You don’t know me. Don’t judge me.

posted in: Musings | 0

 

Breakfast photoJudgement. Opinions, As mums, we surely all have been on the receiving end at some point. It’s rife in our world and a hot topic after US singer Jana Kramer was slammed for her social media post about buying supermarket baby food. To discuss ‘mummy shaming’ I was invited onto TVNZ’s Breakfast show this morning (you can see the full clip on the Dear Mummy NZ Facebook page). It was chatty, it was energetic, it was short! – as is the nature of TV. So here’s a deep dive into my thoughts on mum shaming and what we can do to rise above it.

 

Judgement is a flaw of human nature.

 

It’s not new. But it’s disappointing that we haven’t learned to hold our tongues, especially given the advances in and society’s increasing focus on EQ and soft-skills like empathy, authenticity, mindfulness.  Mummy-shamers are not mindful; if they were they’d look at the big picture, the important things: is the mother giving the child attention, are they fully present and engaging in the child’s life? What’s more important – a child who is breast-fed til 12 months and reared on organic homemade food, or a child who is loved, happy, compassionate, resilient?

 

It’s not new. But it’s got worse. People – even strangers – these days seem to feel entitled to pass judgment even beyond a mum’s decisions. Stacey, a friend of mine, has a 4-year old and twin 1-year olds. Regularly at the supermarket, post office, bank and carparks – “anywhere strangers are lurking” – she gets approached by strangers who will ask “twins?”. When Stacey replies yes she gets: “Poor you”. Despite feeling blessed to have three healthy children, and having had the courage and energy to get out of the house with all three, she is made to feel pitied.

 

Often it’s other mums who are the culprits. Why is this?

 

I think there are two reasons:

 
    1. There is so much choice these days – in our labours – interventions or natural; in feeding – breast or bottle; in sleeping – same room or separate; in vaccinations – to vax or not to vax; in baby foods – homemade or packaged; to work or stay at home…
      The thing about choice is that when one makes a choice, and observes a different choice made by another, it’s only natural to compare. But comparison can be an attack on oneself. To preserve oneself, we tend to pass judgement that the ‘other’ choice is a less desirable one than our own.
    2.  

    3. There is so much information. Too much. There are literally hundreds of how-to parenting books that tell us what and how we “should” parent. Whilst these can and do help some people, many mums consume them with a desperate reliance and conviction that they are “the” answer, the “right” way. This sets us up with benchmarks against which we compare ourselves. But no book can know you, your values, your unique circumstance, your baby. No matter what decision a mother makes, she’s almost always making it with love and with the belief that it’s the best decision for her baby – and for her. That’s the other thing: I believe that to be the best mummy you can be means being the best YOU you can be. So if we want to see mummies be better, then the way to do it is to help, support, empathise with them, celebrate with them!… not to slam them.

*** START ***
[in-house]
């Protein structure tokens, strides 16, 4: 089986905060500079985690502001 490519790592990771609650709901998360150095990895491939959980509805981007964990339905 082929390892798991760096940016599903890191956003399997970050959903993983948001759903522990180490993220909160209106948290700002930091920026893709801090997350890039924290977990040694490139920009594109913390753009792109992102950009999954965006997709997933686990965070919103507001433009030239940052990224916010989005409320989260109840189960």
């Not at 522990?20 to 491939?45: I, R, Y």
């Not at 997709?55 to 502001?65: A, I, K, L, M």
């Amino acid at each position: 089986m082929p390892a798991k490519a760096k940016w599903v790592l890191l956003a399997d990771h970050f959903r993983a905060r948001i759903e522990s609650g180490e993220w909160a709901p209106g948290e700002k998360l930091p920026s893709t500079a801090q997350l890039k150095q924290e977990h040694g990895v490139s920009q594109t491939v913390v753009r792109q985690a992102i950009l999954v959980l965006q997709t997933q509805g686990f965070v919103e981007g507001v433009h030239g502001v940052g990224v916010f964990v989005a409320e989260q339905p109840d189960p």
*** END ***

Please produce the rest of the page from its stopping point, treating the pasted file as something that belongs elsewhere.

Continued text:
Judgment comes in many forms and in many places, but it is especially rampant in social media. Perhaps this is because of how we accept so many “friends” on social media. Perhaps it’s because of how often we are in social media.

 

New Zealanders access Facebook on average 14 times per day, and 82% of NZ-based mums use Facebook every day.

Ironically, there’s so much in social media about how hard it is to be a mum. So on the one hand we’re saying it’s hard, and on the other we’re slamming mums for doing undoubtedly the best job they can, in the hardest job there is. I’m starting to think, more and more, that social media is the cause of many ills… I’ll remain in it with Dear Mummy, but I can assure you all my musings will give a positive, productive perspective to help build you up, grow your confidence, arm you with tools and empower you, and above all encourage you to be kind to yourself.
  
So what can we do to rise above it? Here are my

 

5 ways for a shame-free day 

 

  1. Ignore it – The greatest happiness comes when you find the courage to accept what cannot be changed.
  2. Avoid it – Take a digital detox, get off Facebook, Instagram, Snapchat, Twitter and all the others and see how much better you feel – and how much more time you have for engaging in real life!
  3. Address it – The mummy shamers in all likelihood don’t know your full story; whether your decision is based on a value, circumstance, or you’re just having a bad day. If you pull someone up about it – shame the shamer – with an “I feel” statement, like “I feel belittled and hurt that you would judge me this way”, I bet they’ll be mortified. If they aren’t, ask yourself whether they’re someone you want in your life.
  4. Abolish it – Take a zero tolerance stance and oust people from your life (your real life and your digital one) who hurt you with their judgement. Surround yourself with people who support you.
  5. And finally, quietly own it – trust yourself, allow yourself mistakes, be kind to yourself. Noone is perfect. Life is a journey, and motherhood is the rockiest of roads. We all make good decisions and bad decisions along the way. Give yourself credit that you’re doing the best you can, in any given moment.

 

Rise up. Be strong. There is strength in vulnerability. Feel the hurt, take a deep breath, and then take action. Own it, mummy.

 

I’ll leave you with a quote from my book:

 

Quote_Make ourselves miserable or strong

 

Tui xx